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How To Build Multi-control Components when Inheriting from an Existing Control (Intro and TextBox Example)

, 28 Oct 2008
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This article will get you started in building your own multi-control components without using the UserControl class.

Introduction

The idea of drawing duplicate-controls on a form came to me after I did a few commercial projects. I found that making several forms with 30+ controls can be a pretty tiresome task. That is especially true when you are making a form with lots of text fields. You have to make several TextBoxes, and each of them must be accompanied by a Label. More than that, every Label must have the same distance to the TextBox so your forms would look neat. In the worst case scenario, you have to assign each label with some nice name, because there can always be a situation where some label changes its text when you type some information on the text box and you don't want to end up with names like 'labelXXX'.

In VC#.NET, we have a mechanism to build multi-control components, and it's called the UserControl class. This is basically a container where you can put other controls from the toolbox. However, this mechanism has disadvantages. If you make labels and textboxes and you want to align all the textboxes, you will have big problems, you cannot use leads anymore:

Problem with UserControl

When using my technique, I can still use leads, despite the fact that I have a multi-control component:

Problem with UserControl

Of course, there is a catch, and that is layouts... but since I'm not a big fan of layouts, I can live with that.

Background

If you ever wrote something in Delphi, you must have noticed that the VCL (Visual Component Library) has a control which is called LabeledEdit. In this article, we will try to make the same thing in C# .NET. However, instead of using the designer and inheriting from UserControl, we will use only code and inherit directly from TextBox.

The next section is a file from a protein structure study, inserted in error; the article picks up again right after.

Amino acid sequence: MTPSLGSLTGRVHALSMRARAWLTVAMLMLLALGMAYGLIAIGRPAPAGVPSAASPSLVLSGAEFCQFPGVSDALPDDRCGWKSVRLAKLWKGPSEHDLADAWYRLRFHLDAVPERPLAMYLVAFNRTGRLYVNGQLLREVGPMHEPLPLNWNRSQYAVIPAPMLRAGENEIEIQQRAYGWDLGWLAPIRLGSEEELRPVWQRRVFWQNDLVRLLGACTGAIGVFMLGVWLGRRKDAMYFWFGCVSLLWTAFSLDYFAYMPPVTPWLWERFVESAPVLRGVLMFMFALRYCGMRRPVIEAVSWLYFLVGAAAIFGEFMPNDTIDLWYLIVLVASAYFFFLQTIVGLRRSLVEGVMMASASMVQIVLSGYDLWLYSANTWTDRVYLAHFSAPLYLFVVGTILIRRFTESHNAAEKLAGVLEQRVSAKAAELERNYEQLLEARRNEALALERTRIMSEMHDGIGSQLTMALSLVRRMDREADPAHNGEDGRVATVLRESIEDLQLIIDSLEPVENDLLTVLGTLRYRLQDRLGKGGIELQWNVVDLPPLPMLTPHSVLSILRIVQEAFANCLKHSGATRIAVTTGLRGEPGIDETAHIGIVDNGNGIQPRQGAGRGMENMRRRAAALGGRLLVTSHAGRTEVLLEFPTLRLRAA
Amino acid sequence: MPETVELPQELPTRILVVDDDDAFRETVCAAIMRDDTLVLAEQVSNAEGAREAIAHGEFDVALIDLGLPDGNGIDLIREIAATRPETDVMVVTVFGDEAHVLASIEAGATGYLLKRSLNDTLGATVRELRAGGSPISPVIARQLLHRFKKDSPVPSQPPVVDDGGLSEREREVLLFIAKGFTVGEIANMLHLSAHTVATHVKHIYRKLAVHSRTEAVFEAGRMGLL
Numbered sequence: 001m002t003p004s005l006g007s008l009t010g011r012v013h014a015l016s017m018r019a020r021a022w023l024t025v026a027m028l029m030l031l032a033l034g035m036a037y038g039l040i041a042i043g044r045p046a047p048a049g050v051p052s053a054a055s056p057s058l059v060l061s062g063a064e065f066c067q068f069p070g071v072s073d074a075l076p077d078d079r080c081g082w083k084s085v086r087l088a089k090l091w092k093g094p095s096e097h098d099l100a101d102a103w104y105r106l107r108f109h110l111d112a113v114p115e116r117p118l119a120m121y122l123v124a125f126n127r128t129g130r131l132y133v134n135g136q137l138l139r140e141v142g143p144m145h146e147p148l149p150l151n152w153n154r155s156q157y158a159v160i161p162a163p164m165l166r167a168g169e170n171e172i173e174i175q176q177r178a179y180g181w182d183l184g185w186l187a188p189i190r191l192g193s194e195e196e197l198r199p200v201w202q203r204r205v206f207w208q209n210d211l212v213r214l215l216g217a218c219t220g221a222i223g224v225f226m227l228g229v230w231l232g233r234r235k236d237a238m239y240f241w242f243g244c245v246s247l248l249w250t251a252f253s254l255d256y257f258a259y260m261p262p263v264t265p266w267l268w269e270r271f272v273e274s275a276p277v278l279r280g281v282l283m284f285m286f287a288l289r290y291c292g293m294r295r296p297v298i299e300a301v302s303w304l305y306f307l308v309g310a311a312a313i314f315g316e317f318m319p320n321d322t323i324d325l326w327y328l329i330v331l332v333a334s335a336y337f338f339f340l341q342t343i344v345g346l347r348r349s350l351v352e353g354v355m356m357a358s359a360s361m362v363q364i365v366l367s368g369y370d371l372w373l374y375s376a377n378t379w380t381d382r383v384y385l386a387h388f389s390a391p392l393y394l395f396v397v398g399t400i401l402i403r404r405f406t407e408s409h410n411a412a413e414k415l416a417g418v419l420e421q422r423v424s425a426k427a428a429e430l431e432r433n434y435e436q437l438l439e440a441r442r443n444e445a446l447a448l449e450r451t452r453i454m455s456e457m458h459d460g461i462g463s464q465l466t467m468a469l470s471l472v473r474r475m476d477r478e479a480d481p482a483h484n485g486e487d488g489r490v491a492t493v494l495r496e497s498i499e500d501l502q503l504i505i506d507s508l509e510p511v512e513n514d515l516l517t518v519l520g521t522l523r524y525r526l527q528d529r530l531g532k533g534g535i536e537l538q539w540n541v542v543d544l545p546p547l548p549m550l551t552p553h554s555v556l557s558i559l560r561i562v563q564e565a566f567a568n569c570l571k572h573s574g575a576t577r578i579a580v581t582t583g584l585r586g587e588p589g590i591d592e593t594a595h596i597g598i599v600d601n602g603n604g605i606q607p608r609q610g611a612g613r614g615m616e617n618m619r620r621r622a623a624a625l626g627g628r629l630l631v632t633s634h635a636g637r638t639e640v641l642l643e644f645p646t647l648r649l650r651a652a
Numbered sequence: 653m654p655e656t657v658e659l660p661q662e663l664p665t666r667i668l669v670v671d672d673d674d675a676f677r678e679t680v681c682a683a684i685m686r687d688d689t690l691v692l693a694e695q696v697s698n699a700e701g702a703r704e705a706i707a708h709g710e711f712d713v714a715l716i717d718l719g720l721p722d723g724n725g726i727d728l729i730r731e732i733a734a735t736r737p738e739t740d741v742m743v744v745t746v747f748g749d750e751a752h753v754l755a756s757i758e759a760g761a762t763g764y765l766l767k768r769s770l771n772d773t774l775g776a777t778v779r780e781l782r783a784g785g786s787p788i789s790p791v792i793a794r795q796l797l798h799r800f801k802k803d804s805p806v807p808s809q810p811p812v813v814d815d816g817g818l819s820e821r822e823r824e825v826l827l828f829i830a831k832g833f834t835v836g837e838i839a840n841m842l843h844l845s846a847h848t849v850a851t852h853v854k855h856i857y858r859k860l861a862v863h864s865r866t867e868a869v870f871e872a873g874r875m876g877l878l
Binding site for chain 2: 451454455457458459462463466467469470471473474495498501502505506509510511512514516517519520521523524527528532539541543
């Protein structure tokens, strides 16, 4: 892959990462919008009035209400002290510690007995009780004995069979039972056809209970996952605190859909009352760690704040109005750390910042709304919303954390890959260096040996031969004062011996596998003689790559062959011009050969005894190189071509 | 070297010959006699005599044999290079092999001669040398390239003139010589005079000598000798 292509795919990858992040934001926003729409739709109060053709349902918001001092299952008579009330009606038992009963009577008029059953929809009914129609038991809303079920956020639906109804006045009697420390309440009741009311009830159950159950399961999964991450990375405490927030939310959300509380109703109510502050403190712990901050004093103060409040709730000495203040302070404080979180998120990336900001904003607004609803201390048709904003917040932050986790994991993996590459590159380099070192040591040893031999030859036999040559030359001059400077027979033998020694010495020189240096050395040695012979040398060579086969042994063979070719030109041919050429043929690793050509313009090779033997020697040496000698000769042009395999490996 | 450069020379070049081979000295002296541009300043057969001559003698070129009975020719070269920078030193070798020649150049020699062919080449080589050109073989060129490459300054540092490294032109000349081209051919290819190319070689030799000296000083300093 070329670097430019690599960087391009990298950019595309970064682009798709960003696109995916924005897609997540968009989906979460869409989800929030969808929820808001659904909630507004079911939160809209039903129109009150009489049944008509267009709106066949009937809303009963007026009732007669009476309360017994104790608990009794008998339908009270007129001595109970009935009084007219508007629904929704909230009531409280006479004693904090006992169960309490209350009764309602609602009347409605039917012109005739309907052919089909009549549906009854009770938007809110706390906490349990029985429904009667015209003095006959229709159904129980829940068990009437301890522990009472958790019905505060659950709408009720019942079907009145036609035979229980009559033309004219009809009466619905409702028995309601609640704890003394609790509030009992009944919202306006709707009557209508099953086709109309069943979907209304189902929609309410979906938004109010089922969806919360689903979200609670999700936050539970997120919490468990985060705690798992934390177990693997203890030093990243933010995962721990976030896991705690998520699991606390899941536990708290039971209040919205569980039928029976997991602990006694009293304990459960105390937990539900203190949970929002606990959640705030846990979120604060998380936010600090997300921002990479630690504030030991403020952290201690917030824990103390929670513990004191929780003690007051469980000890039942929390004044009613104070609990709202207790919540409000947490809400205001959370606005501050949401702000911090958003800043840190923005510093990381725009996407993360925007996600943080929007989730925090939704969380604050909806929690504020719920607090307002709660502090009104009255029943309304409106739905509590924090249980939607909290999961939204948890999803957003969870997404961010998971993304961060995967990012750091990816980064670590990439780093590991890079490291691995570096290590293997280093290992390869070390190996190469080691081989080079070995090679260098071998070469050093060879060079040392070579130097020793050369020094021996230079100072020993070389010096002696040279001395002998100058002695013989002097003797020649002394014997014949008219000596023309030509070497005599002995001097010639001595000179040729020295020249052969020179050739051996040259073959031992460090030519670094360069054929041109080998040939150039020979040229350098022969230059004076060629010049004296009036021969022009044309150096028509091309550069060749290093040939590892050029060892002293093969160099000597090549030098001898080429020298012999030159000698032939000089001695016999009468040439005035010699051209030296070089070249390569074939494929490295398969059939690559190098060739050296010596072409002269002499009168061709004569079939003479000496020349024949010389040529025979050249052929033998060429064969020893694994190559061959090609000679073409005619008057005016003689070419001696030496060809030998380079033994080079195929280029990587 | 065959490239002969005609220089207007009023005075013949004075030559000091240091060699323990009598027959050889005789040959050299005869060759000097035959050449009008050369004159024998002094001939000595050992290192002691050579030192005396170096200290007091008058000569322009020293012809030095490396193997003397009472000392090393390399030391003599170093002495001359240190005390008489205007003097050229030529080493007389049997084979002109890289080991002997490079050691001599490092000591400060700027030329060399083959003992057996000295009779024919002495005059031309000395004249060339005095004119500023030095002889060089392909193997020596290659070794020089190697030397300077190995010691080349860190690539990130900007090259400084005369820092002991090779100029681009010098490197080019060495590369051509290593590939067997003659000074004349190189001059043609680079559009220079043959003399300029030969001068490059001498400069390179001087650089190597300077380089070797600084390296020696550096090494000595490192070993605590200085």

The Solution

When you want to draw another control in your component, there are three methods you have to override and customize:

  • void OnParentChanged(EventArgs e)
  • void OnLocationChanged(EventArgs e)
  • void Dispose(bool disposing)

You can read in MSDN or other documentation sites about these, but what you need to know is that on OnParentChanged(EventArgs e), you want to place the creation and drawing code of your control. For example:

protected override void OnParentChanged(EventArgs e)
{
    // this one is mandatory, unless you enjoy exceptions :-)
     if (this.Parent != null) 
    {
    _control = new SomeControl(); // creation of our control
    this.Parent.Controls.Add(_control); // adding to container
    setCoordsAndOtherStuff(); // compute Top Left Width Height
    }
    base.OnParentChanged(e); // call method from base-class
}

The second one, OnLocationChanged(EventArgs e), is pretty obvious. When the location changes, you want to re-position your controls:

protected override void OnLocationChanged(EventArgs e)
{
    setCoordsAndOtherStuff(); // compute Top Left Width Height
    base.OnLocationChanged(e); // call method from base-class
}

The third one is not really mandatory because your component will work without this, but as soon as you delete it from the designer, the other components will not be deleted. The problem is, you cannot select them because from the designer point of view, they do not exist Smile | :) . The Dispose code is in the *.designer.cs file, but I always like to move it to my main *.cs file.